How to test General Relativity?

If astronomers could measure the wavelength of light coming from the sun and compare it to the wavelength it should have without gravity, it should confirm general theory of relativity. Answer as to how will that happen. Assume I have no mathematical background and am just a layman.

• Well, you measure the spectrum from outside the earth's atmosphere using a satellite, you send a satellite near the sun and measure the spectrum there. Then you compare. You can also directly measure it (in principle even on earth), by using spectral lines: The sun spectrum has a few frequencies missing where elements absorb light (Fraunhofer lines). You can test where those lines should lie in the lab and then measure the shift from the sun. However, it'll be quite tiny, so I'm not sure precision is enough for the sun. – Martin Sep 3 '16 at 9:46
• In any case, there is a lot of information in en.wikipedia.org/wiki/Tests_of_general_relativity and en.wikipedia.org/wiki/Gravitational_redshift – Martin Sep 3 '16 at 9:47
• More on experimental tests of GR. Related: physics.stackexchange.com/q/9474/2451 – Qmechanic Sep 3 '16 at 10:15
• @Qmechanic -- Unfortunately, the only answer to that old question was written by someone who ascribes to nonconventional physics of his own making. There's a word that describes such people ... – David Hammen Sep 3 '16 at 10:42

This explanation requires, as Martin says above, a lot of exaggeration to show the effect.

Above: Spectrum measured at surface of Sun, that is without gravity.

Above: Spectrum of Sun measured from Earth, after the light has been affected by the gravity of the Sun

Please bear in mind that the movement of the black lines towards the right (red shifting) is greatly exaggerated, as the Sun's gravity is so weak, also that this is not the spectrum of the Sun, just a sample star.

The black lines represent elements which are present in distinctive patterns on stars such as the sun.

Most importantly, we have no way of measuring the solar spectrum at the surface of the Sun, for obvious reasons we are looking at the light after the gravitional effect has occured.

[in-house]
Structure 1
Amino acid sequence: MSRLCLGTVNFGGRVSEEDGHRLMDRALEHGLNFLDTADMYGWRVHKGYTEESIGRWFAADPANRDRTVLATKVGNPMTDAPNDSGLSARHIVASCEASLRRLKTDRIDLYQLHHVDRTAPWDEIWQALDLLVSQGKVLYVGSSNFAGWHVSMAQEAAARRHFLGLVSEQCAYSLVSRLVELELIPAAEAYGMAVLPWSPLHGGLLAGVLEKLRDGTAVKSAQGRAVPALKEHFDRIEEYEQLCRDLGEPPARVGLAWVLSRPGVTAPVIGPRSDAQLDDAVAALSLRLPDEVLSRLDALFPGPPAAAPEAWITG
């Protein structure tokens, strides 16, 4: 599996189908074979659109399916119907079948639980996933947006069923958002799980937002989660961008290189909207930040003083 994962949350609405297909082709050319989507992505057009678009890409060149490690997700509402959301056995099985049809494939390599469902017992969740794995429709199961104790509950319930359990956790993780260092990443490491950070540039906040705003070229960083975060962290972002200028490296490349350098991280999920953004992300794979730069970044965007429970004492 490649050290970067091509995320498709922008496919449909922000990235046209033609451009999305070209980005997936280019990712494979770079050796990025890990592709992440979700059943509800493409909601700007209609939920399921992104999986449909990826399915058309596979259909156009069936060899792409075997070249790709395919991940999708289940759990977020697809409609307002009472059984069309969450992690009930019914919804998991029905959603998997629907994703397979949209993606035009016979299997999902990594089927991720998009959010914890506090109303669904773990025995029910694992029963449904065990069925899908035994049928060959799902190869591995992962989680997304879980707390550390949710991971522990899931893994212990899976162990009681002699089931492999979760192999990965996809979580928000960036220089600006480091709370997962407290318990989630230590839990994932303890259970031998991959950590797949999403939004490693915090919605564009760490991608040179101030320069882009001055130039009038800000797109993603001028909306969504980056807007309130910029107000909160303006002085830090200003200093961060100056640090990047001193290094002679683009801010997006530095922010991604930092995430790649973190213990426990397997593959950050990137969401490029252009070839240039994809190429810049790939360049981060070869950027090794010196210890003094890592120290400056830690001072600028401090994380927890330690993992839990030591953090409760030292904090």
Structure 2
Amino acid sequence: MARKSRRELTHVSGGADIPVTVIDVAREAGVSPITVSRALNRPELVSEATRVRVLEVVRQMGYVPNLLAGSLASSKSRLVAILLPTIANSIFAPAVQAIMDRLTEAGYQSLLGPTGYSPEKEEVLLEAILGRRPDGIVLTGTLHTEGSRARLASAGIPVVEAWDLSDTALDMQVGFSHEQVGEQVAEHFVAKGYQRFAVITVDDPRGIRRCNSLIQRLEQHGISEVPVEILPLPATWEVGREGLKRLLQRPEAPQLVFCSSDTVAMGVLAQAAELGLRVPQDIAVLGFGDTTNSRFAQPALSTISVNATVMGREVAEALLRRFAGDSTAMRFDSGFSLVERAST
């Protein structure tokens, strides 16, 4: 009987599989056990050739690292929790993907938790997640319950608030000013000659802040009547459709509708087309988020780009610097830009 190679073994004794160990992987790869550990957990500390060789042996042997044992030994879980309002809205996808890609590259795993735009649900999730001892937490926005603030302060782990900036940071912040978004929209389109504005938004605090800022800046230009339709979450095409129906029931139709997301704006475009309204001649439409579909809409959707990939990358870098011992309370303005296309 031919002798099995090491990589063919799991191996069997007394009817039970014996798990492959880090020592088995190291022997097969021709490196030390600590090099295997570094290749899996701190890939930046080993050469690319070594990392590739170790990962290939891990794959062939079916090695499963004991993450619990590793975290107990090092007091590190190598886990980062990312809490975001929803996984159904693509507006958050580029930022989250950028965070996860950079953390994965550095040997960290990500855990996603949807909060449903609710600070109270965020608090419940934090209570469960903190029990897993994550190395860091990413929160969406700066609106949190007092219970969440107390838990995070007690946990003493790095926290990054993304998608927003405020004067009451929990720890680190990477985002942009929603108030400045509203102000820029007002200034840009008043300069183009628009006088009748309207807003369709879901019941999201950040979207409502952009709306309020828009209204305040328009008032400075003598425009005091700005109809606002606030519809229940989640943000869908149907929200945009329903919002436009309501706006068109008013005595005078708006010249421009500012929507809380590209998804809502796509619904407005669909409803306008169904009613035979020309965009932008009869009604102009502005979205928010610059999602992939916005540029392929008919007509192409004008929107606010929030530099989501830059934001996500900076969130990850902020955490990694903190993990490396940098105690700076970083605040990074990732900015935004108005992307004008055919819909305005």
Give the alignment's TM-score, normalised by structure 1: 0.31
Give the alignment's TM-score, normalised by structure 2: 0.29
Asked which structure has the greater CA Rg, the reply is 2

The movement of the lines indicates a slight increase in wavelength as the photon moves a distance away from the sun. If the Sun were 10 times more massive, it's gravity would enhance the effect.

Another way of view the effect is the picture below, with blue (higher energy/shorter wavelengths) at the bottom and red at the top. The spring shape is irrelevant to the idea. Again, this effect is greatly exaggerated for clarity.

Original image by User:Vlad2i, slightly modified.

Gravitional Redshift

In astrophysics, gravitational redshift or Einstein shift is the process by which electromagnetic radiation originating from a source that is in a gravitational field is reduced in frequency, or redshifted, when observed in a region at a higher gravitational potential. This is a direct result of gravitational time dilation - if one is outside of an isolated gravitational source, the rate at which time passes increases as one moves away from that source. As frequency is inverse of time (specifically, time required for completing one wave oscillation), frequency of the electromagnetic radiation is reduced in an area of higher gravitational potential. There is a corresponding reduction in energy when electromagnetic radiation is red-shifted, as given by Planck's relation, due to the electromagnetic radiation propagating in opposition to the gravitational gradient. There also exists a corresponding blueshift when electromagnetic radiation propagates from an area of higher gravitational potential to an area of lower gravitational potential.

• In order for the gravitational redshift to be "a direct result of gravitational time dilation", absurd fudge factors should be introduced. In particular, the speed of light falling towards the source of gravity must DECREASE (acceleration of falling photons in the gravitational field of the Earth must be NEGATIVE, -2g). See John Rennie's comment here: physics.stackexchange.com/questions/77227/… The alternative hypothesis - redshift is due to variation of the speed of light - needs no fudge factors and is compatible with the Pound-Rebka experiment. – Pentcho Valev Sep 3 '16 at 12:55
• The alternative hypothesis: There is no gravitational time dilation. The gravitational redshift is due to the variation of the speed of light predicted by Newton's emission theory - light falls with the acceleration of ordinary falling bodies (g in the gravitational field of the Earth). – Pentcho Valev Sep 3 '16 at 13:04